d) Can the founder modify the standard of diligence for board members in the foundation’s statutes?
There is no such restriction in the law, however, it is unlikely for such power to be available for the founder.
10. Are economic activities1 allowed (related/unrelated)? If so, is there a ceiling/limit on economic activities (related/unrelated)?
There are no restrictions in the law but the common law principle is that the property must be used:
In the case of a Charitable Trust, for the purposes of the Foundation (whether specific or not) or for the purposes for which it was set up.
In the case of a Society, for the objectives provided under its statutes which have to be of a non-profit nature.
In the case of an Association, for the purpose for which its founder set it up
In the case of a Company Limited by Guarantee, for the activities stipulated in its Memorandum of Association.
11. Are foundations permitted to be major shareholders?
There is no specific restriction in the Law; provided, however, that (i) the purpose for which the Foundation was set up is observed, (ii) funds received from such action would not be used or applied for profit making purposes, and (iii) such action would not contradict the Articles of the Foundation, foundations could be permitted to be major shareholders.
12. Are there any rules/limitations in civil and/or in tax law regarding foundations’ asset management? What, if any, types of investment are prohibited?
Please see response at question 10 and 11.
13. Are foundations legally allowed to allocate grant funds towards furthering their public benefit purpose/programmes which (can) also generate income (recoverable grants; low interest loans; equities)?
Please see response at question 10 and 11.
14. What are the requirements for an amendment of statutes/amendment of foundations purpose?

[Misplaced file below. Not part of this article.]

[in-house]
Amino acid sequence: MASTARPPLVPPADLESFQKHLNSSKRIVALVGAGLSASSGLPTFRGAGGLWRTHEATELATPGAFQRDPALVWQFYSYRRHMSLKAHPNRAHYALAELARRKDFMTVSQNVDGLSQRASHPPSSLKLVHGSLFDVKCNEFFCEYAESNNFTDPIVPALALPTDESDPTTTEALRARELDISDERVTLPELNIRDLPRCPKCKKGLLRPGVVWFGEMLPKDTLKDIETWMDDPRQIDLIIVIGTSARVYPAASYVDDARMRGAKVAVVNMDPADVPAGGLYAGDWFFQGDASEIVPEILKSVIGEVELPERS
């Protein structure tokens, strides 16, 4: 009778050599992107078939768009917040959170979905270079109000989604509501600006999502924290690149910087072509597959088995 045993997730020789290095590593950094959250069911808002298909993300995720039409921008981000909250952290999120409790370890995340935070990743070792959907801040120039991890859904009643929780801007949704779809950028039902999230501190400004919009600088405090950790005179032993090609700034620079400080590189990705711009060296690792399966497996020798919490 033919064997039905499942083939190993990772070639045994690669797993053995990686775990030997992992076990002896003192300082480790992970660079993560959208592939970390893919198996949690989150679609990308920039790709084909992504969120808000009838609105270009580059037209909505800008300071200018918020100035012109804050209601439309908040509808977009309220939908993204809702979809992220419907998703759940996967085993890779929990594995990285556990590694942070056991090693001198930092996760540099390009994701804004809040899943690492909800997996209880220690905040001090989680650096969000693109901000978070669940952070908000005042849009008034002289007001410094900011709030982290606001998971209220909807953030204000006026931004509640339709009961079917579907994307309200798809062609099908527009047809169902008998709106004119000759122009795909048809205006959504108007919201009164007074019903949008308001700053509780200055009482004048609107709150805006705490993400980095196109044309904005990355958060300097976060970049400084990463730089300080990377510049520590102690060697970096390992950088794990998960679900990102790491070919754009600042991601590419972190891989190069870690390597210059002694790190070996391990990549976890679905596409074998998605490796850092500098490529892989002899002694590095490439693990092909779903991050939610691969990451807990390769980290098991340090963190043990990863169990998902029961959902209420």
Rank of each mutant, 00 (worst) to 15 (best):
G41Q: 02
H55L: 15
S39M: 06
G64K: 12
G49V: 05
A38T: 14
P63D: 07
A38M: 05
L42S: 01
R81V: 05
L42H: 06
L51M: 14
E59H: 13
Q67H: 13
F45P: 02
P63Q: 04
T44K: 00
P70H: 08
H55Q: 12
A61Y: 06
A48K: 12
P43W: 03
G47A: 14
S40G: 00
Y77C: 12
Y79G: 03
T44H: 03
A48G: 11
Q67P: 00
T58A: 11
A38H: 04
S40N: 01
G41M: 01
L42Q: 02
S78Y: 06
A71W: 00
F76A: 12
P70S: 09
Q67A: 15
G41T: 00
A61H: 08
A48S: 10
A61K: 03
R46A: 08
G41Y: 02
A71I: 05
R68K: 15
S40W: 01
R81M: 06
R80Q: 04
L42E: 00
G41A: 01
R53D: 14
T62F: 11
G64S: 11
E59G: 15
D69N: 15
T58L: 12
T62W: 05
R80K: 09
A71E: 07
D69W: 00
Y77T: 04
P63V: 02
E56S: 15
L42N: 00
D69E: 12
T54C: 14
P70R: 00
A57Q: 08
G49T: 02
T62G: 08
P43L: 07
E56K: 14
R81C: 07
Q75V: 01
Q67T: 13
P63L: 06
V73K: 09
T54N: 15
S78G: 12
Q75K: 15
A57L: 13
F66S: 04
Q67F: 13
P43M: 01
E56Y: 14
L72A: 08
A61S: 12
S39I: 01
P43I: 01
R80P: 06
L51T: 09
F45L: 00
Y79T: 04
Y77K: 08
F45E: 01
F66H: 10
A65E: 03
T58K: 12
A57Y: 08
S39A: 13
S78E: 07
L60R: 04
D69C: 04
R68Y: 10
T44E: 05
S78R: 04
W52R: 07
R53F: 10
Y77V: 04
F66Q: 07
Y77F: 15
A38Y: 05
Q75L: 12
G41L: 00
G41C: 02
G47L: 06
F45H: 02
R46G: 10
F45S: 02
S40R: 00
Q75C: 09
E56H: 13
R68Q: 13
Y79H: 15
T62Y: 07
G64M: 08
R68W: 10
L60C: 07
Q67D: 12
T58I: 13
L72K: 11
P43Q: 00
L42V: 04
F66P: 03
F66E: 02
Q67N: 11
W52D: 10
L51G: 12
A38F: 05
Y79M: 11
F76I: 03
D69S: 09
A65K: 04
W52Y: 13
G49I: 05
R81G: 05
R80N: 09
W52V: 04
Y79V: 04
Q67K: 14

Charitable Trusts: Since they are set up for a specific purpose, that purpose cannot be amended and there is no provision in the law regarding this. In the unlikely event that such an issue may arise, it must be referred to the Supreme Court which has the power and the jurisdiction to “give all such directions and make all such orders as may appear to it necessary or expedient for the administration of any trust created for a charitable purpose”.
Societies: The Articles of Association of a Society shall provide the conditions for amending the Articles, including its objectives. To be valid, every such amendment must be filed within 21 days in the Register.
Associations: In general, the purpose for which an Association has been founded cannot be amended. This can only occur exceptionally by court order if it can be shown that the will of the founder has become unattainable and another incidental purpose may be given to the Association according to the most probable will of the founder. Companies Limited by Guarantee: This is achieved by amending the Company’s Memorandum of Association by a special resolution approved by the court.
Companies Limited by Guarantee: This is achieved by amending the Company’s Memorandum of Association by a special resolution approved by the court.
15. What are requirements with regard to reporting, accountability, auditing?